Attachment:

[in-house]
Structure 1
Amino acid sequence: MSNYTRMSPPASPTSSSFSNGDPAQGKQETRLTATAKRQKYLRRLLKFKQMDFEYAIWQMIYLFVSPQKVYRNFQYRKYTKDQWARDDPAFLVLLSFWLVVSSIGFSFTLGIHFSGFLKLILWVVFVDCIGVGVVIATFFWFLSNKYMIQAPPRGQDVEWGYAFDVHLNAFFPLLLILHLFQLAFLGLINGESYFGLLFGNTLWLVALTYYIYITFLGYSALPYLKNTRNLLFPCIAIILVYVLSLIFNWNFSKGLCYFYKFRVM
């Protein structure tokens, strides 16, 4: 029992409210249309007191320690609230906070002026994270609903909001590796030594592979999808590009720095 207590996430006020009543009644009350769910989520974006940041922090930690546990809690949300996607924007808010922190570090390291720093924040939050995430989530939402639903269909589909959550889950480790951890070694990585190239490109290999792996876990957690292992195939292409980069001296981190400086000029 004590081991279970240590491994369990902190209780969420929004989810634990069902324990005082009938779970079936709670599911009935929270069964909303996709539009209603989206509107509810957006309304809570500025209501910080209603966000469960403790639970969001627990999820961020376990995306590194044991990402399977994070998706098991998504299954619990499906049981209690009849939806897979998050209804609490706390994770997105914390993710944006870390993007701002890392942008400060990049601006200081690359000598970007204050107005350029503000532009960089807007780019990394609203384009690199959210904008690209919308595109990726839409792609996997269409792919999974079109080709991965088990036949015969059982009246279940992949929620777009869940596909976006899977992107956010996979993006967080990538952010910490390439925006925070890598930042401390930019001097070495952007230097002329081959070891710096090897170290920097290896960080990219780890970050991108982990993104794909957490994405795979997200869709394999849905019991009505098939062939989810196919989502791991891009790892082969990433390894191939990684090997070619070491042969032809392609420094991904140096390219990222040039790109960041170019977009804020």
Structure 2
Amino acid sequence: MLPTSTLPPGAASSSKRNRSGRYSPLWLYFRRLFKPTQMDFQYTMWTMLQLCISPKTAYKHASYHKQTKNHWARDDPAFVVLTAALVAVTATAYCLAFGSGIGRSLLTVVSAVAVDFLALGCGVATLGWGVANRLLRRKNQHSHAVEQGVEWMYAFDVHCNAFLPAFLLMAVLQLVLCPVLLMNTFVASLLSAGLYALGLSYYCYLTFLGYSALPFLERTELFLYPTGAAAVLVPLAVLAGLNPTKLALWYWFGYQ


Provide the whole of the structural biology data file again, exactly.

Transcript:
[in-house]
Structure 1
Amino acid sequence: MSNYTRMSPPASPTSSSFSNGDPAQGKQETRLTATAKRQKYLRRLLKFKQMDFEYAIWQMIYLFVSPQKVYRNFQYRKYTKDQWARDDPAFLVLLSFWLVVSSIGFSFTLGIHFSGFLKLILWVVFVDCIGVGVVIATFFWFLSNKYMIQAPPRGQDVEWGYAFDVHLNAFFPLLLILHLFQLAFLGLINGESYFGLLFGNTLWLVALTYYIYITFLGYSALPYLKNTRNLLFPCIAIILVYVLSLIFNWNFSKGLCYFYKFRVM
């Protein structure tokens, strides 16, 4: 029992409210249309007191320690609230906070002026994270609903909001590796030594592979999808590009720095 207590996430006020009543009644009350769910989520974006940041922090930690546990809690949300996607924007808010922190570090390291720093924040939050995430989530939402639903269909589909959550889950480790951890070694990585190239490109290999792996876990957690292992195939292409980069001296981190400086000029 004590081991279970240590491994369990902190209780969420929004989810634990069902324990005082009938779970079936709670599911009935929270069964909303996709539009209603989206509107509810957006309304809570500025209501910080209603966000469960403790639970969001627990999820961020376990995306590194044991990402399977994070998706098991998504299954619990499906049981209690009849939806897979998050209804609490706390994770997105914390993710944006870390993007701002890392942008400060990049601006200081690359000598970007204050107005350029503000532009960089807007780019990394609203384009690199959210904008690209919308595109990726839409792609996997269409792919999974079109080709991965088990036949015969059982009246279940992949929620777009869940596909976006899977992107956010996979993006967080990538952010910490390439925006925070890598930042401390930019001097070495952007230097002329081959070891710096090897170290920097290896960080990219780890970050991108982990993104794909957490994405795979997200869709394999849905019991009505098939062939989810196919989502791991891009790892082969990433390894191939990684090997070619070491042969032809392609420094991904140096390219990222040039790109960041170019977009804020």
Structure 2
Amino acid sequence: MLPTSTLPPGAASSSKRNRSGRYSPLWLYFRRLFKPTQMDFQYTMWTMLQLCISPKTAYKHASYHKQTKNHWARDDPAFVVLTAALVAVTATAYCLAFGSGIGRSLLTVVSAVAVDFLALGCGVATLGWGVANRLLRRKNQHSHAVEQGVEWMYAFDVHCNAFLPAFLLMAVLQLVLCPVLLMNTFVASLLSAGLYALGLSYYCYLTFLGYSALPFLERTELFLYPTGAAAVLVPLAVLAGLNPTKLALWYWFGYQ